In the closing hours of Jesus’ life, John offers us insights we do not find in the other gospels.
Only John tells us the Jews abandoned the rule of God for the rule of Caesar (19:1-15). Only John tells us the Jews’ objected to the sign on Jesus’ cross: “Jesus of Nazareth, King of the Jews” (19:20-25). Only John tells us about the spear stuck in Jesus’ side and the extravagant anointing of Jesus’ body by Joseph and Nicodemus (vss. 39-42).
Three points stand out to me about John’s account.
First, the whole scene was scripted by God. You see it in the four times John refers to the events and tells us scripture had already foretold of the events (vss. 24, 28, 36-37). You see it in Pilate’s fear when he hears Jesus has called himself the “son of God” and when Jesus rather rebukingly tells him the only power Pilate has is the power given to him “from above.” You see it also in Pilate’s continued desperate attempts to release Jesus.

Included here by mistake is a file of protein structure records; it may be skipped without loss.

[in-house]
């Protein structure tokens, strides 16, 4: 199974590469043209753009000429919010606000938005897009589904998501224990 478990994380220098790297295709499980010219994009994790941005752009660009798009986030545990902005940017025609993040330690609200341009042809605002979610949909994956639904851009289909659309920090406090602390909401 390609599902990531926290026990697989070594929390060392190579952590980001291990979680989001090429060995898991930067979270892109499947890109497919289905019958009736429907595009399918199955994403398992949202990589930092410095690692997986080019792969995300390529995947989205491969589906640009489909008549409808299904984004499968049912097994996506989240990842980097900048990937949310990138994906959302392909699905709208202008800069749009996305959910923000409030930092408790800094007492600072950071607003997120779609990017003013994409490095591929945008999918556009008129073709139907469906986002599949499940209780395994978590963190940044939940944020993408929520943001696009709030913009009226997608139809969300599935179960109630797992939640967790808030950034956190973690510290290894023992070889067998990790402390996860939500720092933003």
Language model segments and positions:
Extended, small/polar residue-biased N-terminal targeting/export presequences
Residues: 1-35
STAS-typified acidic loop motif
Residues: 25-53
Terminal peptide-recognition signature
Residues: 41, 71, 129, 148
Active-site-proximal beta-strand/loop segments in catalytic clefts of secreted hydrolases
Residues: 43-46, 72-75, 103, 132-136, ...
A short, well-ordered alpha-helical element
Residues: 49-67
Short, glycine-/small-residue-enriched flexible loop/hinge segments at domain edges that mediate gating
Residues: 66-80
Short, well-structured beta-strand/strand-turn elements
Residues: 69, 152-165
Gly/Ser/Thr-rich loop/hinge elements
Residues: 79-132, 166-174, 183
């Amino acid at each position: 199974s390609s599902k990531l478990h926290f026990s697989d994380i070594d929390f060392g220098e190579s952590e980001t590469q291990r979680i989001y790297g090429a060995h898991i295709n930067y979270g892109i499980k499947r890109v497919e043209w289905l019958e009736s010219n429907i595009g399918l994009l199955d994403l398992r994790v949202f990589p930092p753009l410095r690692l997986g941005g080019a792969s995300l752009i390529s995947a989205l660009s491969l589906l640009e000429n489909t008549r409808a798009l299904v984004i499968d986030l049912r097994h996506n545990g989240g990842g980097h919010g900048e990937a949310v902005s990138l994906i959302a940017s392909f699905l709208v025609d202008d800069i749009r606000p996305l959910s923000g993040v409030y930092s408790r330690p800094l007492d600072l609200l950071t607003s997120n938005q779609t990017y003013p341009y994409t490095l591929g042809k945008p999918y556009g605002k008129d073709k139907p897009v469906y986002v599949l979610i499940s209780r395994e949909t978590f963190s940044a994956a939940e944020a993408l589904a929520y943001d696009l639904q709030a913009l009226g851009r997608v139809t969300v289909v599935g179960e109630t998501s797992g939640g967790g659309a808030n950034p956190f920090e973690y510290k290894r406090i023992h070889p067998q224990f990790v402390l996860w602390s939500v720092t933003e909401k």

There is, secondly, the persistent theme that Jesus is king. Pilate, though for him, tongue-in-cheek, ironically confessed the kingship of Christ with his sign above the Lord’s head. And notice the spices Nicodemus and Joseph of Arimathea used. The amount they brought is an amount befitting a king. In fact, an amount befitting a hundred kings.
Third, there is the denial of Jesus’ kingship – a denial that remains in our own world but never mind the world. The persistent denials in John’s gospel are from those who claim to be God’s people. Which do you think is of less importance: that the Jews verbally denied the kingship of Jesus in their lives by their words, or our own denial of Jesus’ kingship in our unwillingness to submit and be obedient to him?